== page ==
A few mayors' penchants for multicolored produce and preparing foods that are healthy are ripe for this year's annual Mayors' Healthy Cook-Off.
Tim Flaherty is already familiar with cooking for a crowd. He recalls his San Francisco boyhood and the delectable large family meals prepared by his Italian mother.
The Pleasant Hill mayor recently served his family a meal with grilled vegetables as a centerpiece, catering to his daughter's vegan diet; while Moraga's Mayor Ken Chew and his family routinely feast on wild-caught fish, free-range poultry and all things organic.
"We can play an important part in highlighting the importance of healthy eating," says Chew.
Starting at 4 p.m. Thursday, July 31, other local politicos and chefs -- with recent graduates of Mt. Diablo High School's Sustainable Hospitality Pathway serving as their sous chefs -- will join Flaherty and Chew at Todos Santos Plaza in Concord, where they will concoct meals from a mystery bag of well-balanced ingredients surrounded by the farmer's market.
Jim Diaz, who serves on the Clayton City Council, comes to the table with no formal training, but a robust appetite for greens. Still, he's not daunted by the prospect of creating a nutrition-packed menu, instead relying on his culinary cohort's ability to tastefully pair foods.
"It's important to have partnerships at all levels, from our political leaders to community health and nutrition education representatives, to ensure the public has the tools necessary to make informed decisions," says Pamela Singh, executive director of the sponsoring Walnut Creek-based Wellness City Challenge.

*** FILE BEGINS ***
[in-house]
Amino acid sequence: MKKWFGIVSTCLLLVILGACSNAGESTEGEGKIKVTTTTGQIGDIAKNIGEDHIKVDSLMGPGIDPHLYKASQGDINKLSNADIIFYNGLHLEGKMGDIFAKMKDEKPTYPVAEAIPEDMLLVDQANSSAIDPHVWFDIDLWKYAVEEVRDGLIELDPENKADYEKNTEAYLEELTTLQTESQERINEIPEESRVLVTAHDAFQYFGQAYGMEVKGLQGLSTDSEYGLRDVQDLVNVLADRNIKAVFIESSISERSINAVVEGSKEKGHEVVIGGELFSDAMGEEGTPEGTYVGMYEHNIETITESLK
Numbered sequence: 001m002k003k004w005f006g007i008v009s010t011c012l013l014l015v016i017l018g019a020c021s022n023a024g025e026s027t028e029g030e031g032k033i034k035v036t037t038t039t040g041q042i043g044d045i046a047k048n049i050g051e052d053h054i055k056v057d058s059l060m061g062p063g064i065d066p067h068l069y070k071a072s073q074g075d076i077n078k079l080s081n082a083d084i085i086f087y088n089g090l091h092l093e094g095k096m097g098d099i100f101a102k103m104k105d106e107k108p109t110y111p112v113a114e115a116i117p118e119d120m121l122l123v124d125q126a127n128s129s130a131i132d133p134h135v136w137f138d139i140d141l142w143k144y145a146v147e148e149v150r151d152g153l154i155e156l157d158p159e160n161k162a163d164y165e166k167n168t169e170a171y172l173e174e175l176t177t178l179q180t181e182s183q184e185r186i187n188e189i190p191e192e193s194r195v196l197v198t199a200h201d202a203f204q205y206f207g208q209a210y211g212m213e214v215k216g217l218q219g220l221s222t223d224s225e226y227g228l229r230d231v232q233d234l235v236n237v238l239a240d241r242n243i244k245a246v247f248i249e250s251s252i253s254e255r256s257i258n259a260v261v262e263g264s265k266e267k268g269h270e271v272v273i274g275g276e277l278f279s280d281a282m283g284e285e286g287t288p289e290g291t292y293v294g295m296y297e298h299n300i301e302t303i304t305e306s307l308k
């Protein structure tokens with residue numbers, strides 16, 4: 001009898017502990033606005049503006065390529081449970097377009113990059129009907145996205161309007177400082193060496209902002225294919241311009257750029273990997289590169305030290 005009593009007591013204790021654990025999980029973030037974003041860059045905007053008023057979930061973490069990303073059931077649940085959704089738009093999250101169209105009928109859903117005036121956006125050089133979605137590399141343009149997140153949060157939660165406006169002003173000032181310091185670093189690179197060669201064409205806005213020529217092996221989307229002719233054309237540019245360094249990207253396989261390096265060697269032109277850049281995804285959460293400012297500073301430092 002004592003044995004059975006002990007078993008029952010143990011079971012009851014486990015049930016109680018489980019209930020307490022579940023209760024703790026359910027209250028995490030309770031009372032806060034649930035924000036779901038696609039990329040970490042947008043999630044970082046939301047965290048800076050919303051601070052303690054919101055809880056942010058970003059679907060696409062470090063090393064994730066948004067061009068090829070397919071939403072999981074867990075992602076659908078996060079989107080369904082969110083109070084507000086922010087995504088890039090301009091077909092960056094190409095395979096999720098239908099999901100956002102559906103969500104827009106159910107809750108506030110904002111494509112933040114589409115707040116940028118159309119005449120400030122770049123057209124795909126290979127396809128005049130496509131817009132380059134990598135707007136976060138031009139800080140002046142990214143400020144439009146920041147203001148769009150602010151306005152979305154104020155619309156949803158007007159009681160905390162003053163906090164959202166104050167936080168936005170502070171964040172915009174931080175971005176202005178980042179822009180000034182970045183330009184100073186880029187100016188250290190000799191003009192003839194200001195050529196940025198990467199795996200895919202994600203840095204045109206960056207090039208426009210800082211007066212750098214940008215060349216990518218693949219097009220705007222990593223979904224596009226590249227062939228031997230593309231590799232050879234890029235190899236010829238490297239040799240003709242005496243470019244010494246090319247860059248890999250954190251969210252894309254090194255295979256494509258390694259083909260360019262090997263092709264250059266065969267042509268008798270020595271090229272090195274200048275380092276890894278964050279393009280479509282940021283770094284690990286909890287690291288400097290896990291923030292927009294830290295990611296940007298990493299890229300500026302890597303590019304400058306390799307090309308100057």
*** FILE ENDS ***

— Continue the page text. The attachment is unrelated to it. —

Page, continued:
The cooking challenge continues to further the cause of advocating for healthier food alternatives in the local schools, such as Mt. Diablo's culinary program that has transformed fast-food fanatics into fans of such fare as ratatouille and tabbouleh.
Graduating senior Cyndy Gomez, who returns as a sous chef in this year's cook-off, is one of the students whose taste buds flourished as a result of what she gleaned in that program.
Her prior diet of eating solely Mexican cuisine has expanded, and she is now well-versed in using staples from other cultures.
"I learned how to feed myself ... and eventually for a family of my own," says Gomez, who will attend UC Davis.
"We're leading by example ... (This event is) addressing the same principles as these youth are experiencing in the schools," says Flaherty. "Frankly, it should be the other way around ... Something needs to be done."
Meanwhile, Concord's Mayor Tim Grayson, who refers to himself as a "self-taught weekend warrior cook," has firsthand experience with the benefits of eating a wholesome diet and the ensuing enhanced sense of taste -- and correlates a healthy populace with an overall vibrant community.
Grayson characterizes his approach to the upcoming competition as merely "letting the ingredients speak for themselves."
And, Martinez Mayor Rob Schroeder is participating for the sixth year, referring to himself as a "horrible cook but a good consumer," and each time taking on the role of slicing, dicing and taking direction.
"(The cook-off) is promoting healthy cooking and healthy eating, and it's all just friendly competition ... in a fun venue," he says.
WHAT: Sixth annual Mayors' Healthy Cook-off Challenge, with mayors or city leaders from across Contra Costa County cooking with professional chefs from their respective cities
WHEN: Thursday, July 31. Prep starts at 4 p.m., cooking at 4:30 p.m., and judging at 6:30 p.m.
WHERE: Todos Santos Plaza, at Willow Pass Road and Grant Street, downtown Concord
INFORMATION: Visit www.wellnesscitychallenge.org